Displacement as Resistance in Northern Uganda: How 234 Rural Farmers Occupied a UN Compound to Defend Their Land

Displacement as Resistance in Northern Uganda: How 234 Rural Farmers Occupied a UN Compound to Defend Their Land

Tessa Laing and Sara Weschler provide a comprehensive account of forced displacement endured by the Acholi people for over 100 years and how one community chose to occupy the UN Human Rights office in Gulu to draw attention to land injustice being suffered at the hands of the government.

This article is part of our #LSEReturn series, exploring themes around Displacement […]

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    Refugees in northern Uganda now have ‘democracy’, but no authority

Refugees in northern Uganda now have ‘democracy’, but no authority

This article is part of our #LSEReturn series, exploring themes around Displacement and Return.

In the wake of a democratic election in northern Uganda’s Palabek Refugee camp, Charles Ogeno and Ryan O’Byrne interrogate what this new ‘refugee governance’ really means for those governed by it.

Refugees and elections

Refugee camps have a bad reputation. Their portrayal is often one-dimensional and dehumanising. They are […]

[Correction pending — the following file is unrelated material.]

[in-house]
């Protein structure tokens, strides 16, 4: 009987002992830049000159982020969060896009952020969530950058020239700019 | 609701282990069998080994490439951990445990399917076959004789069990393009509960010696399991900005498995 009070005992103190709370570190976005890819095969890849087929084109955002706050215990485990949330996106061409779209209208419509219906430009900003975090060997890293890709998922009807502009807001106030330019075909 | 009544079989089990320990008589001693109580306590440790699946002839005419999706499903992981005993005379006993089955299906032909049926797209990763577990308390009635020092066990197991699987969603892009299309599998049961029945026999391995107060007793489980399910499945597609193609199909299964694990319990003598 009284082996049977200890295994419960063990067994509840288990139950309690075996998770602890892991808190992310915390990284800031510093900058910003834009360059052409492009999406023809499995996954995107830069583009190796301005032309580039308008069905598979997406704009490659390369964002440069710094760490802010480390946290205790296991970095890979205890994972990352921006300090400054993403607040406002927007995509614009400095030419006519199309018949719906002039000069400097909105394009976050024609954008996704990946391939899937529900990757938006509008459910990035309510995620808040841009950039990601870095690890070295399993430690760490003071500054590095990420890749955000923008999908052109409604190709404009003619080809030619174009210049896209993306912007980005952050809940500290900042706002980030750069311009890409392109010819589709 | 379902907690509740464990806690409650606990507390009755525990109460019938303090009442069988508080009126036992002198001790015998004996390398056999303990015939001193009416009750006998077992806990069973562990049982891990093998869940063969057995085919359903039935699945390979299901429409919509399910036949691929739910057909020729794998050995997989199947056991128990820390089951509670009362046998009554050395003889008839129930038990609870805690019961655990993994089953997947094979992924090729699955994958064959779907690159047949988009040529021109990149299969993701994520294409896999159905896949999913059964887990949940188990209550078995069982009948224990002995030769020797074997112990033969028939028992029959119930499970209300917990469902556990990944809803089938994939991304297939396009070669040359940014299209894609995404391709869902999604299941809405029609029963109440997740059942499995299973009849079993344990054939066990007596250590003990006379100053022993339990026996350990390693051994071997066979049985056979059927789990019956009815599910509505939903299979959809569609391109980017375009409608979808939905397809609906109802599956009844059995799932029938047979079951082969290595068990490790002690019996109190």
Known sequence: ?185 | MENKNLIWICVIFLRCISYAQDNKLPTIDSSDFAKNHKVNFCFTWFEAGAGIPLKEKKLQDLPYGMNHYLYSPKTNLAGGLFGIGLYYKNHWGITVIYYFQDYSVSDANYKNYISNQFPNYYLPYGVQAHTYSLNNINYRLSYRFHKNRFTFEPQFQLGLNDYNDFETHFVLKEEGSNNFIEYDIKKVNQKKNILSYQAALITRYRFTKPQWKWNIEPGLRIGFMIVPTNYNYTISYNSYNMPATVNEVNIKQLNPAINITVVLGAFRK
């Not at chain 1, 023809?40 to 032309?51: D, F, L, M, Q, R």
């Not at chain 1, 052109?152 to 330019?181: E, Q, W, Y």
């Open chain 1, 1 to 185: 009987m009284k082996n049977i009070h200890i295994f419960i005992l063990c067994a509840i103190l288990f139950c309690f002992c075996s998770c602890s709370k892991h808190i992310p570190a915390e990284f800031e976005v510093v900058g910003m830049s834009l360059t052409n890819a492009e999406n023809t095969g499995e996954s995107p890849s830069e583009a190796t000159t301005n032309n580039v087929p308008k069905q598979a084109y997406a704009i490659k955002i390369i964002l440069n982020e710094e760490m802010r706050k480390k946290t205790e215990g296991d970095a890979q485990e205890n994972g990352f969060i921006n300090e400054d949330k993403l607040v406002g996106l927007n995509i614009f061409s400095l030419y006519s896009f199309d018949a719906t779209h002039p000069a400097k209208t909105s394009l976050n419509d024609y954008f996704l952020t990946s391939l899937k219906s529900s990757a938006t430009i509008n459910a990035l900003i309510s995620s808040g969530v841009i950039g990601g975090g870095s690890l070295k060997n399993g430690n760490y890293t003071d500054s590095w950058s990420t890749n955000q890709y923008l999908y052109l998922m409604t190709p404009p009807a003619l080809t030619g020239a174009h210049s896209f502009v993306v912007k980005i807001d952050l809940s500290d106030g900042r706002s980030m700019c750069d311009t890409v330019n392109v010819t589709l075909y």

Beyond belief: how powerful is religion in Africa?

Much academic and popular literature portrays Africans as more innately religious than other people. Ben Jones challenges this assumption. Citing his experience in Uganda and the work of other academics, he stresses the importance of looking beyond personal religiosity to the social institutions and wider cultural norms often present across the continent. In this way, religion in Africa is not reduced […]

October 8th, 2018|Featured, Society|0 Comments|

Communicating Academic Research Through Art #LSEReturn

Gloria Kiconco explores the multiplicity of what it means for displaced people and refugees to return home.

This article is part of our #LSEReturn series, exploring themes around Displacement and Return.

I am a Ugandan writer; specifically a poet, essayist, and an arts and culture journalist.

Here is where I join the Politics of Return research project.

It is a few minutes past midday […]

  • Permalink Acholi dancing in memory of Okot p’Bitek at a workshop organised by FLCA researchers in 2017. 
Matthew Lukwiya’s portrait is on the TAKS Centre wall in the background.
Image Credit Tim AllenGallery

    TAKS Centre in Gulu: From Bastion of the Colonial Establishment to Acholi Cultural Hub

TAKS Centre in Gulu: From Bastion of the Colonial Establishment to Acholi Cultural Hub

By exploring the history of the TAKS Community Arts Centre in Gulu, Morris Omara and Tim Allen unveil the role of art in the healing process following the trauma of a two-decade-long civil war in northern Uganda.

This article is part of our #LSEReturn series, exploring themes around Displacement and Return.

The colonial clubhouse in Gulu, northern Uganda, still stands. Back in […]